Free Market Fundamentalist Opinion

Good Stuff in Huntsman’s Jobs Plan

The former governor would cut taxes, reduce regulations and boost energy production.

Former Utah governor Jon Huntsman unveiled his plan to spur job growth on Wednesday. Although his proposed tax reforms aren’t offset by specific spending reductions, the economic policies he favors would encourage economic expansion and enhance America’s energy independence.

Huntsman would simplify the income tax code by introducing three reduced rates of 8, 14 and 23 percent on personal incomes. He would also eliminate taxes on capital gains and dividends which he describes as a form of “double taxation” that deters “productive and much needed investment in our economy.”

His plan pledges to be “revenue neutral” but fails to specify where he would cut federal spending to accomplish that goal.

Perhaps the most important tax reduction that Huntsman favors is a lowering of America’s corporate tax rate — which is among the highest in the industrialized world — from 35 to 25 percent. Moreover, Huntsman would stop taxing businesses on worldwide income and encourage them to bring profits home to invest in new jobs. Both reforms would free up capital for the private sector to invest.

On regulatory reform, Huntsman promises to repeal the president’s health-care and financial reform acts and “dramatically rein in the EPA.” Specifically, he opposes the Environmental Protection Agency’s ozone standard revision which would significantly hinder new construction and its fuel efficiency rules which would bar heavy duty vehicles from converting to natural gas.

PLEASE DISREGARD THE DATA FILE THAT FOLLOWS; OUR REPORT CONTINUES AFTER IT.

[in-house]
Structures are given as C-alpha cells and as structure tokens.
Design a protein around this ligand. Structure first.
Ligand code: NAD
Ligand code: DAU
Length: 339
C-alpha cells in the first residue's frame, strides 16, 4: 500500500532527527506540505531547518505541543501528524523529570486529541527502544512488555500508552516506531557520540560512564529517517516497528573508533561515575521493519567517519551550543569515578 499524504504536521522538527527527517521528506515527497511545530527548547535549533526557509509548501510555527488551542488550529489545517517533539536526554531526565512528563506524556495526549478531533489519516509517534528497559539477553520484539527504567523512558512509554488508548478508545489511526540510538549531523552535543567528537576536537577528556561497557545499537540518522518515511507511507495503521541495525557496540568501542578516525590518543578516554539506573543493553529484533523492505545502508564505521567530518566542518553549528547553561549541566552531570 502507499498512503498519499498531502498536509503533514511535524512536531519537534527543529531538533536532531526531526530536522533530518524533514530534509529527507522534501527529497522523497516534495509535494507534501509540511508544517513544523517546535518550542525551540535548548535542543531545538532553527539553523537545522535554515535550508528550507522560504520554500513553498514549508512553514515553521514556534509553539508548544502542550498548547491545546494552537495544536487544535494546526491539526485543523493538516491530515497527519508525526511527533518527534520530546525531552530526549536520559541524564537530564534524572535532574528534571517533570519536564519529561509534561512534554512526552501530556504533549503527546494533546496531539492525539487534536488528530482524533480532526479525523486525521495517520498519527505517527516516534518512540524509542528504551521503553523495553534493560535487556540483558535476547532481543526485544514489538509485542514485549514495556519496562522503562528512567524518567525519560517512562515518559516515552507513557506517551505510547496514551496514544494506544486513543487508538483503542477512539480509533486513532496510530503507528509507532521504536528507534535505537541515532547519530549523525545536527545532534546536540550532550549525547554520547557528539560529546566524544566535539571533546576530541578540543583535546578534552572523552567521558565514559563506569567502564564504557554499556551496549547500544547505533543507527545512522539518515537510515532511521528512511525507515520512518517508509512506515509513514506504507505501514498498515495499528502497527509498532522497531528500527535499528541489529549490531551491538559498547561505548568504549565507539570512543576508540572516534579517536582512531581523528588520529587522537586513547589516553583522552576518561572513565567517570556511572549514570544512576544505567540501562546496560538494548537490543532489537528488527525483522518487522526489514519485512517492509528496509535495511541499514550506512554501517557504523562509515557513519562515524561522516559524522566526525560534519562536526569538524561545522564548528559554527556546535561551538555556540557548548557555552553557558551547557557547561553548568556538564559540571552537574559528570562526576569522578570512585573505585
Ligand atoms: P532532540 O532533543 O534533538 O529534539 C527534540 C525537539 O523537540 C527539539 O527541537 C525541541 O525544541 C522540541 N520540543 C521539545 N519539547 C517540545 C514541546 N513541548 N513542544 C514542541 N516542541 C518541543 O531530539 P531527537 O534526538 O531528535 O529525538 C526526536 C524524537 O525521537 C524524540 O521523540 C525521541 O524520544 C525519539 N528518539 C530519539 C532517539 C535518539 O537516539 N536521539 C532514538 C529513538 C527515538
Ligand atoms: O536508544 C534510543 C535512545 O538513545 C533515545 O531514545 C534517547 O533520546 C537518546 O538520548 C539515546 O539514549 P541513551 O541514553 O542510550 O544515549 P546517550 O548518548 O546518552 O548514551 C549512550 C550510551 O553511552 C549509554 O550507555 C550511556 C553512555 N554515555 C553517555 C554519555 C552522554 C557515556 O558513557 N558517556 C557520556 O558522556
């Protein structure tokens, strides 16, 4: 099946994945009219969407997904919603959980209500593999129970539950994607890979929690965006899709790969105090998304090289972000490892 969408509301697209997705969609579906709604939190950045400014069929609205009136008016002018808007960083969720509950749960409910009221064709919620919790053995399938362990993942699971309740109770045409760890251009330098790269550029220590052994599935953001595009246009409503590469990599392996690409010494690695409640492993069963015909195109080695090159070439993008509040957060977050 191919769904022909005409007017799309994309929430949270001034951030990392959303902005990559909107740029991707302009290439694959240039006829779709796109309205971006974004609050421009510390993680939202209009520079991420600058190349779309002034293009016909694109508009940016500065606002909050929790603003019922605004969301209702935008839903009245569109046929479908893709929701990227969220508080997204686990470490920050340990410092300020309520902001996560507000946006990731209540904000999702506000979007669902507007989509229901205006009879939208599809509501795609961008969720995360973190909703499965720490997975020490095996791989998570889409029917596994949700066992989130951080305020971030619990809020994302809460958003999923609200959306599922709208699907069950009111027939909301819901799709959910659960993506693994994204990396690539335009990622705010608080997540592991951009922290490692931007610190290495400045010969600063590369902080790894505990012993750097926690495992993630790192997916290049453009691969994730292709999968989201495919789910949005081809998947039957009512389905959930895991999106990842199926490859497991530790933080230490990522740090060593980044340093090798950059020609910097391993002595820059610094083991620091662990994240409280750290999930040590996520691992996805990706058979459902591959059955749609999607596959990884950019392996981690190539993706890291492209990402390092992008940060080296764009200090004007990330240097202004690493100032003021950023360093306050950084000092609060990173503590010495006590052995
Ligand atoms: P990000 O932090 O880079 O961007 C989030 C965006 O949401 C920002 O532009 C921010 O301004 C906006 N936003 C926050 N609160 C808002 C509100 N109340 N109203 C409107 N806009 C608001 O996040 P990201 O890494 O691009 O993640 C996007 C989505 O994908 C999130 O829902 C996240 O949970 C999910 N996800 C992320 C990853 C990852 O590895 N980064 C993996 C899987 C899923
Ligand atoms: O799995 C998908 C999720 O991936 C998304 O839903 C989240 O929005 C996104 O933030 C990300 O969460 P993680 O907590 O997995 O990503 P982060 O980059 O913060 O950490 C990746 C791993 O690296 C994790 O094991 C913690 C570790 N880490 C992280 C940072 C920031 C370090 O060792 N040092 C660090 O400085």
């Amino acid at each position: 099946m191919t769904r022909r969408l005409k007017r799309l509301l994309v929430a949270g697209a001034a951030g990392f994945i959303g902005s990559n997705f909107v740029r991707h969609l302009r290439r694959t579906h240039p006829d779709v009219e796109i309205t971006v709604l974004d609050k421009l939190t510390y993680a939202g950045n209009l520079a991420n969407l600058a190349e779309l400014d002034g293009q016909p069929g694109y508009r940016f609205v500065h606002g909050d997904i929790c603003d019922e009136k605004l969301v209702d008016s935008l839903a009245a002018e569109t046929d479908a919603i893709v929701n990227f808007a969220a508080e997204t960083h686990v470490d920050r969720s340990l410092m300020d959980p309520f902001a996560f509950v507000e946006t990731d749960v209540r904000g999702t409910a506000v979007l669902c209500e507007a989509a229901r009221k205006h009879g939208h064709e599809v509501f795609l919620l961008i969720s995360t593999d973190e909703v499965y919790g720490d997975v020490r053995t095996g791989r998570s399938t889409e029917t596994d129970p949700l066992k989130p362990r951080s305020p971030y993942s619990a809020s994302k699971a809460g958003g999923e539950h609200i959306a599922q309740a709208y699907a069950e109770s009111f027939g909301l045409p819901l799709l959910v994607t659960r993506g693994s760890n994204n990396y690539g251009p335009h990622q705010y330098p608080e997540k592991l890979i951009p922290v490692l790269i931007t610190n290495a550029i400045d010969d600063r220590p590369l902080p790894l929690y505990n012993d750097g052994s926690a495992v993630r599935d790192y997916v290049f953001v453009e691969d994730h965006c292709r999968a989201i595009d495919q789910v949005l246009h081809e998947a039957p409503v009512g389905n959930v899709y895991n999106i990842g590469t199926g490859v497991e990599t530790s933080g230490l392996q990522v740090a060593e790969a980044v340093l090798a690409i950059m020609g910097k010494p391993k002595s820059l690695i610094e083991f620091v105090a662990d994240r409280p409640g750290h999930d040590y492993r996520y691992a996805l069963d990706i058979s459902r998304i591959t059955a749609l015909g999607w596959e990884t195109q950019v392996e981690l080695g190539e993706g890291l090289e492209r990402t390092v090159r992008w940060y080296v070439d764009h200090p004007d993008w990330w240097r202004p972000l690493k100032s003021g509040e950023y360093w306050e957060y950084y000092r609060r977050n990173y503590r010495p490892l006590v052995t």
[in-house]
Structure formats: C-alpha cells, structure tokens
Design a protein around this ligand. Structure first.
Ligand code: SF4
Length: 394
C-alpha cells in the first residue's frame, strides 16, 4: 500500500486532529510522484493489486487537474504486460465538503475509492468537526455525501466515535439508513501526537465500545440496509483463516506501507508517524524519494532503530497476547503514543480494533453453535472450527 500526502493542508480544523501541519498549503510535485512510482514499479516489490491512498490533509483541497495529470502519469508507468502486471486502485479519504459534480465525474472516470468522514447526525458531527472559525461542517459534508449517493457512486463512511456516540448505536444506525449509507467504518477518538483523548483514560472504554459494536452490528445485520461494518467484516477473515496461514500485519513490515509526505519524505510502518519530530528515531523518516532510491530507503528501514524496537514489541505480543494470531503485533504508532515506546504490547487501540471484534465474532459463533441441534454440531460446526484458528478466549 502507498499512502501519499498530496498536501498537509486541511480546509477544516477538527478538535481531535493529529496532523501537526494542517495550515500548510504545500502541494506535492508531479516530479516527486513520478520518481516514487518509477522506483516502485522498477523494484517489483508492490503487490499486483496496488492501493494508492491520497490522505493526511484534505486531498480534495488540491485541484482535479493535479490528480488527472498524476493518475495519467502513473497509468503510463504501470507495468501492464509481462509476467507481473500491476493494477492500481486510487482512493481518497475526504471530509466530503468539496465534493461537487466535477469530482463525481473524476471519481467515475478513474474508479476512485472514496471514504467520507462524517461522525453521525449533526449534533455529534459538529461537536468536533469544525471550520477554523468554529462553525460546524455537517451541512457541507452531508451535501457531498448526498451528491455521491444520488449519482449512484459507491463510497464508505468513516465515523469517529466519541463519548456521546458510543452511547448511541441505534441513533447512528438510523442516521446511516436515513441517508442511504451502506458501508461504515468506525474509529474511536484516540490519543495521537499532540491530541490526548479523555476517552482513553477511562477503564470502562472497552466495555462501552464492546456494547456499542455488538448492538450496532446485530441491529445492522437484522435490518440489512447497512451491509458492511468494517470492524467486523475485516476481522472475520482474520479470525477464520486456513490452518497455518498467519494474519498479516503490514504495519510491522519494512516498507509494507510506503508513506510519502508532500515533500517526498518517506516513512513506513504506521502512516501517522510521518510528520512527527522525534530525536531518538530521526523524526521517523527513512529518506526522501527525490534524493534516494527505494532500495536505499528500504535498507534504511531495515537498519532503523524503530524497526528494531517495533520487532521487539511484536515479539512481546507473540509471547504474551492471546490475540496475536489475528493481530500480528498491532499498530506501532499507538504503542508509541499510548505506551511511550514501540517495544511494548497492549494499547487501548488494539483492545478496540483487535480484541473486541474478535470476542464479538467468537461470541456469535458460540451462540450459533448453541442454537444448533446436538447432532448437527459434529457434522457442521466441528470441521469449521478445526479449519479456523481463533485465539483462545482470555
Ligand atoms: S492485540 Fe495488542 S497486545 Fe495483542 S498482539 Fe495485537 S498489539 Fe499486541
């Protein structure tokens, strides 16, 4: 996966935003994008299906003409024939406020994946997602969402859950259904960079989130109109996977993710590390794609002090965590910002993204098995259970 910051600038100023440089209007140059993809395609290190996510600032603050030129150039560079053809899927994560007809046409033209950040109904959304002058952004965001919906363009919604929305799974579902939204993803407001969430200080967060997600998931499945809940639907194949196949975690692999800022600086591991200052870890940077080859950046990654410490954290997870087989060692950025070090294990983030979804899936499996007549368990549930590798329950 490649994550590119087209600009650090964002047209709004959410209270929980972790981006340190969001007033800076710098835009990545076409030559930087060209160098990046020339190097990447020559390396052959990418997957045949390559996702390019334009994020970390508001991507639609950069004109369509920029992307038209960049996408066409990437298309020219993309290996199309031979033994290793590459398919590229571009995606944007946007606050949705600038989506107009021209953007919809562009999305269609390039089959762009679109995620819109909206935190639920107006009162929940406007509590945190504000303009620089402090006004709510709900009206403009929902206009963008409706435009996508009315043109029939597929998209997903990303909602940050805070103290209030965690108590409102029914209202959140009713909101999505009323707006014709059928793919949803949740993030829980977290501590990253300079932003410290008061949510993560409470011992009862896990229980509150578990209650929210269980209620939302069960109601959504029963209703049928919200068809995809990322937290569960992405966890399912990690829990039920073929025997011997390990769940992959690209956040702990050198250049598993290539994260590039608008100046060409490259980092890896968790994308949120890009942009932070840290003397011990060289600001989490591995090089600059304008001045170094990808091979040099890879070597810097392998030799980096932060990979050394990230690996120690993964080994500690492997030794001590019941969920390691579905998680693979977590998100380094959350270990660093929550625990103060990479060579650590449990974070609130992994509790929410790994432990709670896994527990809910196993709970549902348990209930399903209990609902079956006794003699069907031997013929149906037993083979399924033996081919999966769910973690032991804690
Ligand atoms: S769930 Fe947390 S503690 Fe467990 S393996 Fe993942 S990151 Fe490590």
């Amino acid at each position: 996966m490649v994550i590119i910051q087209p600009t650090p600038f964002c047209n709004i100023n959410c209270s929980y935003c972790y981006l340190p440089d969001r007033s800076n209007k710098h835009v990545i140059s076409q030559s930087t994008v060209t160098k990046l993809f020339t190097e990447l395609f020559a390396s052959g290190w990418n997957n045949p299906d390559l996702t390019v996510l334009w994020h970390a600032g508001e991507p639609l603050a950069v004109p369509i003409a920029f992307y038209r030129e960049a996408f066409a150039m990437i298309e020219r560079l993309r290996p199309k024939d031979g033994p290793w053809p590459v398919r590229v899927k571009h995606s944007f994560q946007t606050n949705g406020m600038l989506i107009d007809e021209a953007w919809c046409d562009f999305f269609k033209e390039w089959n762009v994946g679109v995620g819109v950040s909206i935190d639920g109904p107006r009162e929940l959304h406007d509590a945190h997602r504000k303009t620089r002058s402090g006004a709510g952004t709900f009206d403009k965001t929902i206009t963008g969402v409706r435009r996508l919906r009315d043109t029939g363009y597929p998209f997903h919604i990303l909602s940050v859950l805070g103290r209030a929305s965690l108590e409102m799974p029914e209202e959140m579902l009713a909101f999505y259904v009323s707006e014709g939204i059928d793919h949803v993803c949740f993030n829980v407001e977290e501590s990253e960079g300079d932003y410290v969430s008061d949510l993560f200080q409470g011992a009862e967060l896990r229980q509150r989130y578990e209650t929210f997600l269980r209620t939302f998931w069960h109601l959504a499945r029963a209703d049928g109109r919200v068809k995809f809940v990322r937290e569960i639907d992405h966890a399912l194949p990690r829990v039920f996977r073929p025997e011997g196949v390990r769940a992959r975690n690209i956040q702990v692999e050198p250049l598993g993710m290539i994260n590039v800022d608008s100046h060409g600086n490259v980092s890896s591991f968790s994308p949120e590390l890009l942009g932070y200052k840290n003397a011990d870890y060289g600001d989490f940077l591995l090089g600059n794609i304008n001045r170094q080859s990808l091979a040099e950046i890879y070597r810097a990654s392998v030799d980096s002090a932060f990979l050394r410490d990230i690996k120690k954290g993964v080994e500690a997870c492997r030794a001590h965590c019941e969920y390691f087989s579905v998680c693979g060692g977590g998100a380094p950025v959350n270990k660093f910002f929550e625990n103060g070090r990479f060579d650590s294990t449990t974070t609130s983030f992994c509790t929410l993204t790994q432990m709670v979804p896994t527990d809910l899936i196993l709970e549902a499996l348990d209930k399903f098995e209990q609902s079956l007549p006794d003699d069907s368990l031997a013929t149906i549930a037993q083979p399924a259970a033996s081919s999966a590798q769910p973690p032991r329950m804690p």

Rather, Huntsman favors expanding domestic natural gas production to decrease America’s dependence on the import of foreign hydrocarbons. He also advocates “environmentally sound energy projects,” including drilling in Alaska and the Gulf of Mexico as well as shale gas and oil development in the continental United States.

Finally, the former ambassador to China lambasted the president for failing to enact pending trade agreements with Colombia, Panama and South Korea which continue to await ratification by Congress. Besides pushing for implementation of these deals, Huntsman promises to pursue additional trade opportunities with other nations, including India, Japan and Taiwan.

Huntsman would also privatize the nationalized housing agencies Fannie Mae and Freddie Mac which so disastrously contributed to the housing bubble of the 2000s.